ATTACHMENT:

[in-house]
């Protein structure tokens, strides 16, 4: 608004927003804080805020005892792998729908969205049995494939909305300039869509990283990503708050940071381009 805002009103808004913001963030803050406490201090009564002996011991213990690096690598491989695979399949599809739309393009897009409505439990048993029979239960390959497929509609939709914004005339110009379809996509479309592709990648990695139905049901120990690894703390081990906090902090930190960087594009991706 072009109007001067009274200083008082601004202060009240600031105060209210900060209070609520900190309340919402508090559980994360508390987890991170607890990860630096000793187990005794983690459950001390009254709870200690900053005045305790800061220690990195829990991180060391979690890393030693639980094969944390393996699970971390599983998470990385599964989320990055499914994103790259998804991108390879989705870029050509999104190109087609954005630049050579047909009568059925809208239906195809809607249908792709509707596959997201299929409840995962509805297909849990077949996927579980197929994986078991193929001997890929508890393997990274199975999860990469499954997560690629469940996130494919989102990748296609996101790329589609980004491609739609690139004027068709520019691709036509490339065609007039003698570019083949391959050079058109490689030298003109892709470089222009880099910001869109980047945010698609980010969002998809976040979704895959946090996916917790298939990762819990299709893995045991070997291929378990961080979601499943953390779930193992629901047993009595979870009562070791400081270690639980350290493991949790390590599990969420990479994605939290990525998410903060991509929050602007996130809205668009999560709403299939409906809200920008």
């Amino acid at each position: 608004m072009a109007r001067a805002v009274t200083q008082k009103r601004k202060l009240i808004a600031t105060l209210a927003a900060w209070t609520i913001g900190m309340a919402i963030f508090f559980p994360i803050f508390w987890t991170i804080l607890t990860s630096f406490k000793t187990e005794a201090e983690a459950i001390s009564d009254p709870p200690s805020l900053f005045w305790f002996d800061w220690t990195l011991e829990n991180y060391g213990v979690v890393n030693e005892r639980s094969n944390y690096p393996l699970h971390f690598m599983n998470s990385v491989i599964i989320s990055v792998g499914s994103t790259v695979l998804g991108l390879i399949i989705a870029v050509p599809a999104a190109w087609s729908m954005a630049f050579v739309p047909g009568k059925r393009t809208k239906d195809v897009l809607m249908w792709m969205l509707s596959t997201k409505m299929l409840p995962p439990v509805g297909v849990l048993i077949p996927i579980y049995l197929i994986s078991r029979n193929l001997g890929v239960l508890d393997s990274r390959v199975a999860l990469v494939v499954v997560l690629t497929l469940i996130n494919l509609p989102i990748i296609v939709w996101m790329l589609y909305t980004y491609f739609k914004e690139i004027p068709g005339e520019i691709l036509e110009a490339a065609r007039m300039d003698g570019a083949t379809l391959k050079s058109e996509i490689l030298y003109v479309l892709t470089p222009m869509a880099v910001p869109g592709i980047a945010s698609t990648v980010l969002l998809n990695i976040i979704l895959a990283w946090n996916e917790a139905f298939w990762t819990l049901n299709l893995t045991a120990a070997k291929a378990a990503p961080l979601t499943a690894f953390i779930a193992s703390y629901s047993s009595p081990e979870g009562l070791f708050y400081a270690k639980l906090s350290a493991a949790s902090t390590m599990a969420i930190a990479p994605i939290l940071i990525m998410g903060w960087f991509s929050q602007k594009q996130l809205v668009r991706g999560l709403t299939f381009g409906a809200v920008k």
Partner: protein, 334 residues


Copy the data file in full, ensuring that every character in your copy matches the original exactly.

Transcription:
[in-house]
């Protein structure tokens, strides 16, 4: 608004927003804080805020005892792998729908969205049995494939909305300039869509990283990503708050940071381009 805002009103808004913001963030803050406490201090009564002996011991213990690096690598491989695979399949599809739309393009897009409505439990048993029979239960390959497929509609939709914004005339110009379809996509479309592709990648990695139905049901120990690894703390081990906090902090930190960087594009991706 072009109007001067009274200083008082601004202060009240600031105060209210900060209070609520900190309340919402508090559980994360508390987890991170607890990860630096000793187990005794983690459950001390009254709870200690900053005045305790800061220690990195829990991180060391979690890393030693639980094969944390393996699970971390599983998470990385599964989320990055499914994103790259998804991108390879989705870029050509999104190109087609954005630049050579047909009568059925809208239906195809809607249908792709509707596959997201299929409840995962509805297909849990077949996927579980197929994986078991193929001997890929508890393997990274199975999860990469499954997560690629469940996130494919989102990748296609996101790329589609980004491609739609690139004027068709520019691709036509490339065609007039003698570019083949391959050079058109490689030298003109892709470089222009880099910001869109980047945010698609980010969002998809976040979704895959946090996916917790298939990762819990299709893995045991070997291929378990961080979601499943953390779930193992629901047993009595979870009562070791400081270690639980350290493991949790390590599990969420990479994605939290990525998410903060991509929050602007996130809205668009999560709403299939409906809200920008």
């Amino acid at each position: 608004m072009a109007r001067a805002v009274t200083q008082k009103r601004k202060l009240i808004a600031t105060l209210a927003a900060w209070t609520i913001g900190m309340a919402i963030f508090f559980p994360i803050f508390w987890t991170i804080l607890t990860s630096f406490k000793t187990e005794a201090e983690a459950i001390s009564d009254p709870p200690s805020l900053f005045w305790f002996d800061w220690t990195l011991e829990n991180y060391g213990v979690v890393n030693e005892r639980s094969n944390y690096p393996l699970h971390f690598m599983n998470s990385v491989i599964i989320s990055v792998g499914s994103t790259v695979l998804g991108l390879i399949i989705a870029v050509p599809a999104a190109w087609s729908m954005a630049f050579v739309p047909g009568k059925r393009t809208k239906d195809v897009l809607m249908w792709m969205l509707s596959t997201k409505m299929l409840p995962p439990v509805g297909v849990l048993i077949p996927i579980y049995l197929i994986s078991r029979n193929l001997g890929v239960l508890d393997s990274r390959v199975a999860l990469v494939v499954v997560l690629t497929l469940i996130n494919l509609p989102i990748i296609v939709w996101m790329l589609y909305t980004y491609f739609k914004e690139i004027p068709g005339e520019i691709l036509e110009a490339a065609r007039m300039d003698g570019a083949t379809l391959k050079s058109e996509i490689l030298y003109v479309l892709t470089p222009m869509a880099v910001p869109g592709i980047a945010s698609t990648v980010l969002l998809n990695i976040i979704l895959a990283w946090n996916e917790a139905f298939w990762t819990l049901n299709l893995t045991a120990a070997k291929a378990a990503p961080l979601t499943a690894f953390i779930a193992s703390y629901s047993s009595p081990e979870g009562l070791f708050y400081a270690k639980l906090s350290a493991a949790s902090t390590m599990a969420i930190a990479p994605i939290l940071i990525m998410g903060w960087f991509s929050q602007k594009q996130l809205v668009r991706g999560l709403t299939f381009g409906a809200v920008k």
Partner: protein, 334 residues